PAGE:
"We all share the goal of capturing the terrorists and protecting national security," said a politician in 2008. The same man added that we as a nation "can do that without violating the privacy of the American people." He also invoked the name of then-President Bush – who was roundly vilified by civil-rights activists for his support of the Patriot Act and for warrantless domestic wiretaps used in anti-terror surveillance – in criticizing then-presidential candidate John McCain. "Like President Bush," the politician said, "Senator McCain is presenting the American people with a false choice – national security or civil liberties. We need a president who understands that we can have both. It's what our values and our Constitution demands."
You may have guessed in context that the politician speaking was none other than Joe Biden, now our vice president. He was referring to candidate Barack Hussein Obama's opposition to the Bush administration's domestic security policies. While it is laudable when a politician takes a stand for civil liberties and refuses to participate in the erosion of civil rights that seems always to run apace with efforts to combat terrorism, there's a problem. That problem is that the Obama administration has proven every bit as corrosive, and in fact much more so, to your civil liberties than moderate Republicans like George W. Bush ever thought of being.
As CNET's Declan McCullagh reported last week, the Obama administration "has argued that warrantless tracking is permitted because Americans enjoy no 'reasonable expectation of privacy'" where the GPS location data of their cell phones is concerned. "[A] customer's Fourth Amendment rights are not violated when the phone company reveals to the government its own records," McCullagh quotes the Justice Department's lawyers.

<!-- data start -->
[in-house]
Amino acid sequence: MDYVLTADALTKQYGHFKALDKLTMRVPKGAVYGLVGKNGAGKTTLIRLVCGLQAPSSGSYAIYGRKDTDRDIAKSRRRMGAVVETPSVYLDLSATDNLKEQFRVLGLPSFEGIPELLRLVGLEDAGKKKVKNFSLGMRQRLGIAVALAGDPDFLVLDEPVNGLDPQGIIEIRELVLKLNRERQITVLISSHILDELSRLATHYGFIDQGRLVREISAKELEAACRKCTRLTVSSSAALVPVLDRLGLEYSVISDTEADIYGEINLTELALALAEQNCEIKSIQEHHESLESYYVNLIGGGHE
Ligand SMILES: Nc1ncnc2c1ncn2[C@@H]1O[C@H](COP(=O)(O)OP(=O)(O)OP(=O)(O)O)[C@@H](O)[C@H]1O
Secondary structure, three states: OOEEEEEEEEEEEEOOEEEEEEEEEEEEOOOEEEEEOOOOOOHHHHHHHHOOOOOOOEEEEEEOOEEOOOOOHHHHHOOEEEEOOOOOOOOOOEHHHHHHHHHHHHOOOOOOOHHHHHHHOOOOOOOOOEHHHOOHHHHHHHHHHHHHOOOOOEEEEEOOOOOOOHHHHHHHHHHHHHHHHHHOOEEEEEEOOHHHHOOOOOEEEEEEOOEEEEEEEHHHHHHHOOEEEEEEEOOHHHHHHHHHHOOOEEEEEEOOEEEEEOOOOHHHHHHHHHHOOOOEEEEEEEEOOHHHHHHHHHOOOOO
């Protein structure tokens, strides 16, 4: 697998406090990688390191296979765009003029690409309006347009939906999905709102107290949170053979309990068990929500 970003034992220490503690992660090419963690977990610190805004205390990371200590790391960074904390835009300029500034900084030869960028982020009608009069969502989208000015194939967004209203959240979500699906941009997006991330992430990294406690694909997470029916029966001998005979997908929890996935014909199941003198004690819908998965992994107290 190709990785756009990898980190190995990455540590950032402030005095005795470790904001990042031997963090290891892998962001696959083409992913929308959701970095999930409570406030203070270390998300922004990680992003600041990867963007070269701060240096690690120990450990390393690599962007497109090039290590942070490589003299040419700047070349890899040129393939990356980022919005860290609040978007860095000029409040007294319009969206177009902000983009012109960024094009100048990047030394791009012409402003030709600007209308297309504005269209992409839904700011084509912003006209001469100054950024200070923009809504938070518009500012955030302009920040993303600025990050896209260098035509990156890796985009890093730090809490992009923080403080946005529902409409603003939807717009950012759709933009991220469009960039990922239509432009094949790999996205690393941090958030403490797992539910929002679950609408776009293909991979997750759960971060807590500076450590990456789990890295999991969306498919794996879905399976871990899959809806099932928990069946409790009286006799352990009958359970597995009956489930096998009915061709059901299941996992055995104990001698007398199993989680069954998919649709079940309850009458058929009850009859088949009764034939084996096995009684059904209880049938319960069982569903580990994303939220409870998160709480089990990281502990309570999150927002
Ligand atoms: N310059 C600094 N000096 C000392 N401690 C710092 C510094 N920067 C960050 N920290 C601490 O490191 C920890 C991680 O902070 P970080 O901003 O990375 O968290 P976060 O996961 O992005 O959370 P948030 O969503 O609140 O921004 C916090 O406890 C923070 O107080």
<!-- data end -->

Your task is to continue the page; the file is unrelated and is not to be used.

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Obama was not even president when he first flip-flopped on the wiretap issue. His administration subsequently brought much more authority to the same "change of heart," arguing that because state secrets are involved, the service provider involved in the Bush administration's warrantless wiretapping case cannot be sued. This turnabout earned Obama a tongue-lashing from Democrat Russ Feingold in 2009. Wringing his hands and playing the civil libertarian as persuasively as a Democrat can, Feingold exhorted Obama to "formally and promptly renounce the assertions of executive authority made by the Bush administration with regard to warrantless wiretapping." The irate Feingold correctly pointed out that Obama, while (briefly) a United States senator, asserted that "the warrantless wiretapping program was illegal" and that Obama's attorney general "expressed the same view, both as a private citizen and at his confirmation hearing."
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Obama further muddied the issue last month when he announced the nomination of David Kris to lead the national security division of the Justice Department. In 2005, Kris wrote an analysis of the Bush administration's wiretap program in which he criticized its legal arguments as "weak." Obama therefore seeks to elevate to a position of authority in national security a man who believes the very program Obama's administration now supports is illegal. It would be easy, therefore, to say that Obama has sent the American people mixed messages on his support for civil liberties ... except that he's actually been remarkably consistent.